This evidence stares Ms. Sitharaman in the face, yet she goes out at an international forum where foreign investors are gleaning her every word to get insight into future policy direction, and still makes these asinine statements about the need to revisit capitalism and democracy. Between the policy recklessness of demonetization and irresponsible statements like these, foreign investors have to be wondering whether India is worth the risk.
What prompted Ms. Sitharaman’s to make such statements? It was the annual Oxfam report on global inequality which claims that eight people in the world controlled as much wealth as the bottom half of the world’s population. The same organization last year asserted it was ‘62 people own the same as half the world’. This year, mysteriously, the number dropped to eight.
Now, Oxfam does this to raise funds for their organization. Ignoring the veracity of their methodology–which Oxfam never reveals–or the accuracy of the statistics, Oxfam conveniently forgets to mention the vast wealth and employment created by these eight people. For example, more than 90% of the computers in the world use Microsoft software. It would not be an understatement to say that the increased productivity from using this software has created trillions in wealth for millions of users all over the world. Oxfam itself, by using the Microsoft Word software to write this report probably saved over a thousand man hours over using a typewriter.
None of the eight “ rich “ people that Oxfam mentions in its report coerced people to buy their products and services. People buy Zara voluntarily because they like the clothes; individuals and businesses use Microsoft products because they enhance productivity; people use Facebook voluntarily to connect with friends, and businesses use it for digital marketing.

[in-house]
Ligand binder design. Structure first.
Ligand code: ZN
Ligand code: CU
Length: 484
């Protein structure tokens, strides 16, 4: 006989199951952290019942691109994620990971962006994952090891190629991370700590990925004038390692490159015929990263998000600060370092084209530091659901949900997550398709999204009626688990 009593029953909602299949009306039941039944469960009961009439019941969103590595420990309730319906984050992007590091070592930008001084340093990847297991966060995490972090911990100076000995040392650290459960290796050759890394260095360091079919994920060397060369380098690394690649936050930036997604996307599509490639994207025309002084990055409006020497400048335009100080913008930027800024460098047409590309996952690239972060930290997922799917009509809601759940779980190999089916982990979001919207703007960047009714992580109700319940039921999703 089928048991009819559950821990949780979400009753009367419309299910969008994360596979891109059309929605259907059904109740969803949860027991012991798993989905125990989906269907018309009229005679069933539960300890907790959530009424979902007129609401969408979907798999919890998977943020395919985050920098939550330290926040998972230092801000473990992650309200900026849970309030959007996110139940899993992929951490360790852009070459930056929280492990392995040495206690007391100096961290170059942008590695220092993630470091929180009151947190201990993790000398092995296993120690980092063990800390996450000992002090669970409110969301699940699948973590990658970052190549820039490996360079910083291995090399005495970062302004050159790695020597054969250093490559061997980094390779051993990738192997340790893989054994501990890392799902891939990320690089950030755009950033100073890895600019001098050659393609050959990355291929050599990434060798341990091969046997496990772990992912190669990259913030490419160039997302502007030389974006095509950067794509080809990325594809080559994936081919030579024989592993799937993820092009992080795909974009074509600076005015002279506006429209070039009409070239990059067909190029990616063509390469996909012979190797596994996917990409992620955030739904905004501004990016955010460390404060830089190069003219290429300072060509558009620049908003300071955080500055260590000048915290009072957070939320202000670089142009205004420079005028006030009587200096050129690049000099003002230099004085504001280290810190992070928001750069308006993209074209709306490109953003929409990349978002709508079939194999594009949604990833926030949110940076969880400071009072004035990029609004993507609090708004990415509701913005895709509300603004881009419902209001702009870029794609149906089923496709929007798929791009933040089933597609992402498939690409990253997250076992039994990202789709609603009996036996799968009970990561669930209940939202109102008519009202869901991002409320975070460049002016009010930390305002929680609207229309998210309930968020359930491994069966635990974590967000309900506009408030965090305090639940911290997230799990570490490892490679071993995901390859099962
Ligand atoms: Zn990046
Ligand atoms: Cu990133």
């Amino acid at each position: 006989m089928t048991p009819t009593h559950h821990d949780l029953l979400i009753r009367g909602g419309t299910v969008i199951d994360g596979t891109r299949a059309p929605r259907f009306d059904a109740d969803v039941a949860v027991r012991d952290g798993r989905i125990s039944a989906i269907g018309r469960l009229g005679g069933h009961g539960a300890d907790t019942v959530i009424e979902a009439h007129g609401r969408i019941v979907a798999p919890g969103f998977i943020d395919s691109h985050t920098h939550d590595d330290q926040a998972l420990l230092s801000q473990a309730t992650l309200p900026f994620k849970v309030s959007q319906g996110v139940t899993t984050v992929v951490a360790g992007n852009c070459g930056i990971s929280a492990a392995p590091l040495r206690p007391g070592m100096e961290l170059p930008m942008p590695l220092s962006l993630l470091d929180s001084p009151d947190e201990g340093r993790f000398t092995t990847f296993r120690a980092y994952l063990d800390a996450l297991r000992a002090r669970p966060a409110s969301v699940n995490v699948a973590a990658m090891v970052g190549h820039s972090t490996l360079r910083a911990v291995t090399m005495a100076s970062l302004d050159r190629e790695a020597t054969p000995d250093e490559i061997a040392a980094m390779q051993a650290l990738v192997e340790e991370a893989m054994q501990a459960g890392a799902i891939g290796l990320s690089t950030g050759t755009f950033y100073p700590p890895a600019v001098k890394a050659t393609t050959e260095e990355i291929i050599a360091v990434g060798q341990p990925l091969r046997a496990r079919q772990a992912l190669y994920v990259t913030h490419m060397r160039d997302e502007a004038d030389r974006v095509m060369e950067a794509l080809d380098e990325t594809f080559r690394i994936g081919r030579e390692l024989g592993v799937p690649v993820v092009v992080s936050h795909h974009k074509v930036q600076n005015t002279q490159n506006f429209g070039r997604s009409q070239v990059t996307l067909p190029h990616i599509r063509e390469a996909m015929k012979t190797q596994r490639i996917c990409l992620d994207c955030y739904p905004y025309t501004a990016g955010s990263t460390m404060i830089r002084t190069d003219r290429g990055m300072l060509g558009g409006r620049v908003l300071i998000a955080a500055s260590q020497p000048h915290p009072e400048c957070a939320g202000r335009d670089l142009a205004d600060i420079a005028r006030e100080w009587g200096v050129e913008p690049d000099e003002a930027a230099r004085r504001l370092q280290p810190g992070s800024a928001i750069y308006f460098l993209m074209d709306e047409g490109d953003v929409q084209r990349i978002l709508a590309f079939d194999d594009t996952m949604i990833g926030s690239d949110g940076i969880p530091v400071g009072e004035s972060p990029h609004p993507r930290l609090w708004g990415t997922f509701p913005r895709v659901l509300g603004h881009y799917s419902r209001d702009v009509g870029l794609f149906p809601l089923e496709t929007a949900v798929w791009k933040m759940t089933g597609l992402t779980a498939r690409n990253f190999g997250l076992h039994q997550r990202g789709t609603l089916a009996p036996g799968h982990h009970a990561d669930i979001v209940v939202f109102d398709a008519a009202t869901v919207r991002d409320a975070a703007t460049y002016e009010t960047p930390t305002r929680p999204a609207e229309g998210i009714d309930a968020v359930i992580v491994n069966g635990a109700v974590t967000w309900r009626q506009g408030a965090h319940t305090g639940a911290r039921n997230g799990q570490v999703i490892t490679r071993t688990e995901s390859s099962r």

Any person that earns money honestly and without coercion has every right to make more money than others. To denounce these people who collectively have volunteered to donate over $ 200 billion of their wealth to wipe out global poverty–more than any group or government in history–is a travesty that all liberty loving people like Ms. Sitharaman should condemn.
What is reprehensible is that organizations like Oxfam put out these titillating reports to raise millions in donations. Their financial statements reveal that more than 21% of the money raised goes towards salaries. An Oxfam executive was recently arrested in Britain for embezzling money for his personal use. The organization might be doing some good work, but Bill Gates ( one of the eight robber barons in the Oxfam report ) alone has donated more for global hunger, disease, and poverty–about $ 30 billion– than an organization like Oxfam could do in a hundred lifetimes.
Playing one group against another, especially rich against poor, is an old trick, that politicians like Ms. Sitharaman understand well. But, what she must learn is that India’s destiny as a capitalist democracy is now well entrenched, and its citizens will not permit any politician to recalibrate that. Indians now clearly understand that the competitive capitalism that provides economic freedom also promotes political freedom because it separates economic power from political power, and in this way acts as a check on the powers of government and provides effective protections of freedom of speech, religion, and thought.